The History I Lived Through – A lot of significant things happened in our country between 1964 and 1976. The Civil Rights Movement. Assassinations of RFK and MLK. Vietnam. Watergate. The Beatles. Elvis. Munich Olympics tragedy. Secretariat. The Energy Crisis. Hank Aaron hitting #715. Jaws. Charlie’s Angels. Disco. Roe v. Wade. Apollo 11. Apollo 13. And my personal favorite: The New York Mets winning the 1969 World Series – going from last to first.

The Experiences I Gained – I experienced a lot of “firsts” while I was in Aiken: first driver’s license, first broken bone, first date, first girlfriend, first kiss, first heartbreak, first best friend, first time on stage (Who’s On First routine by Abbot and Costello for HS variety show), first speeding ticket, first wrecked car, first time on a motorcycle, first time to go The Masters. I have blogged about my love of The Masters several times.
Top Ten Masters Memories
Memories of the Masters
Easter and the Masters
Amen Corner – A Metaphor for My Life

The Faith I Developed – I was born into a Jewish family in Columbia. When we moved to Aiken, religious involvement was not a priority for my mom so I essentially grew up knowing nothing about God. It was not until around 9th grade that I began attending First Presbyterian Church at the invitation of my next door neighbor and best friend Charles England. I went to youth group with him and began to get introduced to God and Christianity. The pastor was Jerry Robinson and his son Tim was also one of my good friends and I would hang out at his house a lot. Over the next few years I began to understand more and more: That God was holy and righteous. That I was sinful and separated from God and rightly deserving of His wrath. That Jesus was indeed the Messiah and lived a perfect life and was therefore able to atone for my sin and reconcile me to God. That His resurrection validated everything He said and did and that the only reasonable response on my part was to repent and turn away from sin and to place my faith in Him as the only one who make things right with God and give me eternal life. As a junior in high school I did this – though it took several years for me really grasp all that faith in Christ meant. But that decision completely changed the trajectory of my life.

After I left Aiken I lived in New Orleans for 4 years. The Boston area for 2 years. Raleigh for 11 years. And now Durham, NC for the last 24 years – a city that I love. But Aiken will always be my hometown.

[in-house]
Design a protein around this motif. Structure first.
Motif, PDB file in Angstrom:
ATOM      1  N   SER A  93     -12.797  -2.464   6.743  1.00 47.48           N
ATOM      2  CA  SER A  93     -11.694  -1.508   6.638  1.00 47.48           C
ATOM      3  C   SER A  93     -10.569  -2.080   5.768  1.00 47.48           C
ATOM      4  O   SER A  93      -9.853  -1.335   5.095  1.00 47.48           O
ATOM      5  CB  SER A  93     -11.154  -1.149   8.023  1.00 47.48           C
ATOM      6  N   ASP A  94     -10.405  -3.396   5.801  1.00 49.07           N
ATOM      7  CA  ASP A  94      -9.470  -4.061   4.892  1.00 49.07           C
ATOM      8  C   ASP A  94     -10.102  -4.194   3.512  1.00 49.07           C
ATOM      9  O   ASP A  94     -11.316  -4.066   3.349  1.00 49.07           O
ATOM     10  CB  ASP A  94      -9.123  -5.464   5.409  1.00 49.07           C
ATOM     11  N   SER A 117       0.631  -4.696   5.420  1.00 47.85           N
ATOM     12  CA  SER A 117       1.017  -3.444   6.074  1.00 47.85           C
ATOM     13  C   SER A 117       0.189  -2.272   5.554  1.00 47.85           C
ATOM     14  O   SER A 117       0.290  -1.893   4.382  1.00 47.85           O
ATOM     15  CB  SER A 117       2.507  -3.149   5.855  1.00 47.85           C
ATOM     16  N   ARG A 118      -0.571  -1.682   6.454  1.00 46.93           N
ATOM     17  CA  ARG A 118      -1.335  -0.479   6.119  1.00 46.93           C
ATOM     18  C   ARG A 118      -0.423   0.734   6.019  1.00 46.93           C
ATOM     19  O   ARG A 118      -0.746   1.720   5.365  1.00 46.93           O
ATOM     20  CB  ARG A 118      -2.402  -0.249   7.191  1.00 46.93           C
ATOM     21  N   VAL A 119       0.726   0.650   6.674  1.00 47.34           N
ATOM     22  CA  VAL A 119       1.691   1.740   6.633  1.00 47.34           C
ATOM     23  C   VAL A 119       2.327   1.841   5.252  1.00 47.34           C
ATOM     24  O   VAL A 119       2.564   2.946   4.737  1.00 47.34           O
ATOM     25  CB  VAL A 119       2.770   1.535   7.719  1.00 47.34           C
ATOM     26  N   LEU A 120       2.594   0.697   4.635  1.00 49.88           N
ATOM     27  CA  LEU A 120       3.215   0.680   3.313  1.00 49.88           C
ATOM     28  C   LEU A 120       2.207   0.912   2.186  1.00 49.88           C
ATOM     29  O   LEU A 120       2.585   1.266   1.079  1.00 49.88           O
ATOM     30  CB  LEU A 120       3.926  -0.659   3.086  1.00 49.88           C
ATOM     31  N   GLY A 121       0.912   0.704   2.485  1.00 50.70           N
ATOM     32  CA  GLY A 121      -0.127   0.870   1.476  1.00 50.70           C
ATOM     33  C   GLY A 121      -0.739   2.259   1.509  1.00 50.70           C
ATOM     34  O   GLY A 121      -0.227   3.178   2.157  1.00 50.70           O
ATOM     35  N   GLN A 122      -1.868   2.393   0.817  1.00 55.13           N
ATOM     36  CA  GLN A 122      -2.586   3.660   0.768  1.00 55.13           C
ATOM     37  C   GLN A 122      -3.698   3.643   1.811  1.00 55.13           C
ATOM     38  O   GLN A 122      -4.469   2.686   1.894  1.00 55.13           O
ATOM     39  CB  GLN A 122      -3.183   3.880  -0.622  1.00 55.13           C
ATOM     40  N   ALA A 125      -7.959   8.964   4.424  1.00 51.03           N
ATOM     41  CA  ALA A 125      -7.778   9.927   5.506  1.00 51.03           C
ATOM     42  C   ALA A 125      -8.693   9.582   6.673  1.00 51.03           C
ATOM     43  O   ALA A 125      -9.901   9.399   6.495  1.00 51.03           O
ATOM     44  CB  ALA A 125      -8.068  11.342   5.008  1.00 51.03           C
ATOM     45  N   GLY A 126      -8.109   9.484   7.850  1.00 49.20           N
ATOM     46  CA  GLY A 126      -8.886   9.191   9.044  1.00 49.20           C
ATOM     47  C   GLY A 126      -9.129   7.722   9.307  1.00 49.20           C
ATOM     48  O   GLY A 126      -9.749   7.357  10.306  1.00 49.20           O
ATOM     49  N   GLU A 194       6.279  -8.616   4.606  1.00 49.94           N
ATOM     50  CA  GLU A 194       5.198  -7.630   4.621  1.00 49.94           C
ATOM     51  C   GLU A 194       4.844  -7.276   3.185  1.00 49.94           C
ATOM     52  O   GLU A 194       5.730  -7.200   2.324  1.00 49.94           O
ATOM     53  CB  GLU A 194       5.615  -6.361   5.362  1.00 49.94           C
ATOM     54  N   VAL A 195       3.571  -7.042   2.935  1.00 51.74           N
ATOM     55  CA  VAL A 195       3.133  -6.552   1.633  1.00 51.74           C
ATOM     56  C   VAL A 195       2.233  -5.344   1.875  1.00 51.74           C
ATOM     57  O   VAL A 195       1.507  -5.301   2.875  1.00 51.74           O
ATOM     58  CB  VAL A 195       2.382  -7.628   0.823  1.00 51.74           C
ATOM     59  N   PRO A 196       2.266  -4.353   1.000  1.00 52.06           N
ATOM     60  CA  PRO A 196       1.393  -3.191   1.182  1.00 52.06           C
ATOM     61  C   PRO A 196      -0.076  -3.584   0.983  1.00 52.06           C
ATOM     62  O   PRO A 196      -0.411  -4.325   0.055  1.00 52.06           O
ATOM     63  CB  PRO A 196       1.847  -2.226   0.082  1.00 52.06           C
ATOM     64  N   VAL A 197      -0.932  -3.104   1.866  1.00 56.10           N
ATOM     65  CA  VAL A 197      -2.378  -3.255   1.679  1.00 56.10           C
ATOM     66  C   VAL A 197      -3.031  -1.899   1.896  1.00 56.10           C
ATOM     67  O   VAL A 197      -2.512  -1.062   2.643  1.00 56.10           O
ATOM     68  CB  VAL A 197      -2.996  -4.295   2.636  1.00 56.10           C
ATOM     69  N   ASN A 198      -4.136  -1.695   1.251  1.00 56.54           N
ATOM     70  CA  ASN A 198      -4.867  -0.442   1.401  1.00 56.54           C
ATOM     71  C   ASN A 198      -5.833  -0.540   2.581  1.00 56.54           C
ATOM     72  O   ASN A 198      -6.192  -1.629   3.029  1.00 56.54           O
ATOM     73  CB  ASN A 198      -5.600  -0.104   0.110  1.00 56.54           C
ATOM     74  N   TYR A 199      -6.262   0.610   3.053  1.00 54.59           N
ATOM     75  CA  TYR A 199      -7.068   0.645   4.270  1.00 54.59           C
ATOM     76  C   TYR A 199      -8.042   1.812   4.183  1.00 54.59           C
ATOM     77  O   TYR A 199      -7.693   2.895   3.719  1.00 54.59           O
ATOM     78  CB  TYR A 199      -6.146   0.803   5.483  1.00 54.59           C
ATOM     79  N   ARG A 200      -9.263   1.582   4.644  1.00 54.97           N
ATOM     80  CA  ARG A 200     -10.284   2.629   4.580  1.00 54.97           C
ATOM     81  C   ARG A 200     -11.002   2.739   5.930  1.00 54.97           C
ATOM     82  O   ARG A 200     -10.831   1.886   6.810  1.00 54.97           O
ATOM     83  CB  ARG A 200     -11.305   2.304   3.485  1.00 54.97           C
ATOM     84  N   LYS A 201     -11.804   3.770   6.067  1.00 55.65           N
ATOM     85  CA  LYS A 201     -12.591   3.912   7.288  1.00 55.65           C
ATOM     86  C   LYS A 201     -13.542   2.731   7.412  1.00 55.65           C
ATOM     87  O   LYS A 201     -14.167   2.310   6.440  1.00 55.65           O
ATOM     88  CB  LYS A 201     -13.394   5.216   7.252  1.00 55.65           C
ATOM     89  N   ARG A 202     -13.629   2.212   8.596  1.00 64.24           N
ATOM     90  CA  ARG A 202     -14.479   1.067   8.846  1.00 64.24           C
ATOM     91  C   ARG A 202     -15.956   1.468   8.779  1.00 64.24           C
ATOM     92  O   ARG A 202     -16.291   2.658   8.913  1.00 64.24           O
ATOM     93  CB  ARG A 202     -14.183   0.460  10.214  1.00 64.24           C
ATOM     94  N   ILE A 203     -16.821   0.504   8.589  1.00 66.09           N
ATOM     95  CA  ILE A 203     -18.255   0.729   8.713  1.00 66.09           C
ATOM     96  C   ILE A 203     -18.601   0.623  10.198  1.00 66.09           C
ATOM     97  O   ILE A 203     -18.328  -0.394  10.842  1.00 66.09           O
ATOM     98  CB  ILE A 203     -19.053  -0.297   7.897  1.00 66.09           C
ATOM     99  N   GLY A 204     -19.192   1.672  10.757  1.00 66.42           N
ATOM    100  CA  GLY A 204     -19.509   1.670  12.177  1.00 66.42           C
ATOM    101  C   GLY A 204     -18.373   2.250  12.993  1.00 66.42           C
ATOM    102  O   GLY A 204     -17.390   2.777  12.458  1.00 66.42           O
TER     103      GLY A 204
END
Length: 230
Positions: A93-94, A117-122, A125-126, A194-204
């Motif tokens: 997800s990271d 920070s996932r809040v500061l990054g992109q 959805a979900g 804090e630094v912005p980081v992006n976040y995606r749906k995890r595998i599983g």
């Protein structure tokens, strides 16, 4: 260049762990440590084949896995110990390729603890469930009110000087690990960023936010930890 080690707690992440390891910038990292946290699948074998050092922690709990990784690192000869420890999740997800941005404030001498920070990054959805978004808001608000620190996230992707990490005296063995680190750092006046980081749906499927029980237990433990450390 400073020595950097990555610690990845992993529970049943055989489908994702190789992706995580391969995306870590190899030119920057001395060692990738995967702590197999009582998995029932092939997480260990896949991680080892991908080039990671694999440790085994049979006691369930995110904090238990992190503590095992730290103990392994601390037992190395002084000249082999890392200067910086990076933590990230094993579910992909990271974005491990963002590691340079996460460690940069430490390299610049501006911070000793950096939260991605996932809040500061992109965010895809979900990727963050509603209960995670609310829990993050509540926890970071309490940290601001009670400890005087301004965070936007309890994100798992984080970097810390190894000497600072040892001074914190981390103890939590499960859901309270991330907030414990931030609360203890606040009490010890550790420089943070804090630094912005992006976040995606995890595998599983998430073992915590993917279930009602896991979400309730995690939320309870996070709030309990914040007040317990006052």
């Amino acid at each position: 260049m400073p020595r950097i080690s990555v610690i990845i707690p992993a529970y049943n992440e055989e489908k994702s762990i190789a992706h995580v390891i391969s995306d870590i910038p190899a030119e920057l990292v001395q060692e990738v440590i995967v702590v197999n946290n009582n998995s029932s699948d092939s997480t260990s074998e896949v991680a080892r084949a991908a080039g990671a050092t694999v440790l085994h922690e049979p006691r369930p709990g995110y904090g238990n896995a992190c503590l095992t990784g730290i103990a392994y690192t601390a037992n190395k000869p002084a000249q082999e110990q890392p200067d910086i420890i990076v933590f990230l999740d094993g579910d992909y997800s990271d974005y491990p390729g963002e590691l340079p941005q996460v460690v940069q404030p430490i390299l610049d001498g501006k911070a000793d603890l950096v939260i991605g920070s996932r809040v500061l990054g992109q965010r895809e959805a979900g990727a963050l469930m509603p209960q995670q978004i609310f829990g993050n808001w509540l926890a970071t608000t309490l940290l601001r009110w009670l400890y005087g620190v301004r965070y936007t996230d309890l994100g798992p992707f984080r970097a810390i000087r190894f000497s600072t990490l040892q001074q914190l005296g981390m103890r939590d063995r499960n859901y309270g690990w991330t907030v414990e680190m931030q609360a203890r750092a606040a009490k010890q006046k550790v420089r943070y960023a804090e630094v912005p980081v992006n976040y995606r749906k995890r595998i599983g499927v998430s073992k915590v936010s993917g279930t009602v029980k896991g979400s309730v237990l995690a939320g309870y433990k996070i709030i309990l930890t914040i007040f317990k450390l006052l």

Top Ten Memories From My College Years

I graduated from Aiken High School in 1976. I applied to 4 colleges: Duke, Cornell, Clemson and Tulane.  I got put on a wait list at Duke. I did not get into Cornell. And I got accepted to both Clemson and Tulane. I chose to go to Tulane for several reasons: 1) At the time I wanted to go to a school different from where all my friends were going (I’m not sure that I would make that same decision today), 2) It had a very good Engineering department, 3) my granddad went to Tulane, and 4) New Orleans – it seemed like a fun place to do college.

I was at Tulane from August of 1976 through May of 1980. Here are ten of my memories from those years… in no particular order.

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  1. I majored in Biomedical Engineering – Biomedical Engineering was still a relatively new field in those days. I had always had an interest in medicine and I had always been pretty good at math and science so it seemed like a good fit. I had no problem with the book side of the major – finished with a B average, but I was not very good at the application part – which is pretty much what engineering is all about. So while I enjoyed the major, it was clear to me by my junior year that I would not make a living as an engineer.
  2. Sigma Alpha Epsilon – Many of you reading this will be surprised that I was a frat guy. Me too. Here’s how it happened. I knew exactly zero people when I arrived at Tulane. My roommate became my first friend. He had been impressed with the guys he met during pledge week at SAE and encouraged me to go by the house and check it out. Which I did. They extended me an invitation to join and I accepted along with my roommate. I was pretty active for my first 3 years but then was inactive my senior year. I never lived at the frat house but enjoyed getting to know a lot of the guys over the years.